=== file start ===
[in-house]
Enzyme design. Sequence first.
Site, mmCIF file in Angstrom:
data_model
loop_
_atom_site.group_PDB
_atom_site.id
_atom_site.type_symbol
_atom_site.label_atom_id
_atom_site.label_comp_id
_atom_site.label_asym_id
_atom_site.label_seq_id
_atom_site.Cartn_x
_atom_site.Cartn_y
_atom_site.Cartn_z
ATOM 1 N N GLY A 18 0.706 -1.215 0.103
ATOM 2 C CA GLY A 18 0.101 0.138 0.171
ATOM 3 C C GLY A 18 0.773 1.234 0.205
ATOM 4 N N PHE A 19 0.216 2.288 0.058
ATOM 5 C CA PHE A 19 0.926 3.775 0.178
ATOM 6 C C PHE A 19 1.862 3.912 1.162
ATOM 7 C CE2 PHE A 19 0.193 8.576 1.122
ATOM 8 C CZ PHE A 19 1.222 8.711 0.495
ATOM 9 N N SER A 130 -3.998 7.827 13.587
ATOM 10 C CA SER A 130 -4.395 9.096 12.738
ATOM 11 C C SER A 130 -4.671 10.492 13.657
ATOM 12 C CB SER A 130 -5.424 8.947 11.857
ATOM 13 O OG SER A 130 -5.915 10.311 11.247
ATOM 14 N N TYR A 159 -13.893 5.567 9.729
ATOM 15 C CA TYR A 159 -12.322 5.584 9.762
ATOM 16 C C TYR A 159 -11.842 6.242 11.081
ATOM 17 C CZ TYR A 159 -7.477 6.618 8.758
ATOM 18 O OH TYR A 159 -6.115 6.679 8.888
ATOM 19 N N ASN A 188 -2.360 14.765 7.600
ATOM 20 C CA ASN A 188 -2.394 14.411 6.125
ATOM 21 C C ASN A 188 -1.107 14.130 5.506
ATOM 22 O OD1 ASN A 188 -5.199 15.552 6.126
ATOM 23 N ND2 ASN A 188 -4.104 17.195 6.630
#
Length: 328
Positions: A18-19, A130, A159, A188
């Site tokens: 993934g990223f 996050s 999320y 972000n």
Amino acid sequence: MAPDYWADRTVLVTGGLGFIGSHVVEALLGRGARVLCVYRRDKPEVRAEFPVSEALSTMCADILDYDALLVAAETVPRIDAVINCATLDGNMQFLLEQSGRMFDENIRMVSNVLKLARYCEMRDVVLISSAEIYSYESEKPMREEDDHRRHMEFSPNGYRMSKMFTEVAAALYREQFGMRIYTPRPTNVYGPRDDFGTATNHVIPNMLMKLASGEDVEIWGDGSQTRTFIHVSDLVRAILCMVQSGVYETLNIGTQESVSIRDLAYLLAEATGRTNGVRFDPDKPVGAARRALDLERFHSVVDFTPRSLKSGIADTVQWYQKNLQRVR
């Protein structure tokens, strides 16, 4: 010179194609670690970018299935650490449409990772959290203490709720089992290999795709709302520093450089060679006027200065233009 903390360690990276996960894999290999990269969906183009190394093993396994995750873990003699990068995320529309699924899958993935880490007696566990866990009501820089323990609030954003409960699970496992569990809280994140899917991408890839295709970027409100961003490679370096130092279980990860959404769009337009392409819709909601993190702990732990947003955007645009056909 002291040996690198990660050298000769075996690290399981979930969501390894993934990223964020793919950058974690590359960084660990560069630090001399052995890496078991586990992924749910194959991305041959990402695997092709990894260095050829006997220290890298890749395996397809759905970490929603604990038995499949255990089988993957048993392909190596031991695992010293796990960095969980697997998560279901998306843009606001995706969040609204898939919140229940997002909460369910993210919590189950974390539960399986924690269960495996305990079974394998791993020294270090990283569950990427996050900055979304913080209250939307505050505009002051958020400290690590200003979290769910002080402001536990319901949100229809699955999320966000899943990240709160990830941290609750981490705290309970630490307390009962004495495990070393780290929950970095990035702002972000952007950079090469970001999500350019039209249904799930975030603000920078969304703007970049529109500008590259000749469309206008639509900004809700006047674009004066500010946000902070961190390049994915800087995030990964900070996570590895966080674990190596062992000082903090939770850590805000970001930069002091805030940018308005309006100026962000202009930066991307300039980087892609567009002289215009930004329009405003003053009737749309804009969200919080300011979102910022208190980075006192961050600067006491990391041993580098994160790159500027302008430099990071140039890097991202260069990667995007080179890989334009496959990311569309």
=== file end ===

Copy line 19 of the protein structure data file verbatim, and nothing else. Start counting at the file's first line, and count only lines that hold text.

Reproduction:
ATOM 4 N N PHE A 19 0.216 2.288 0.058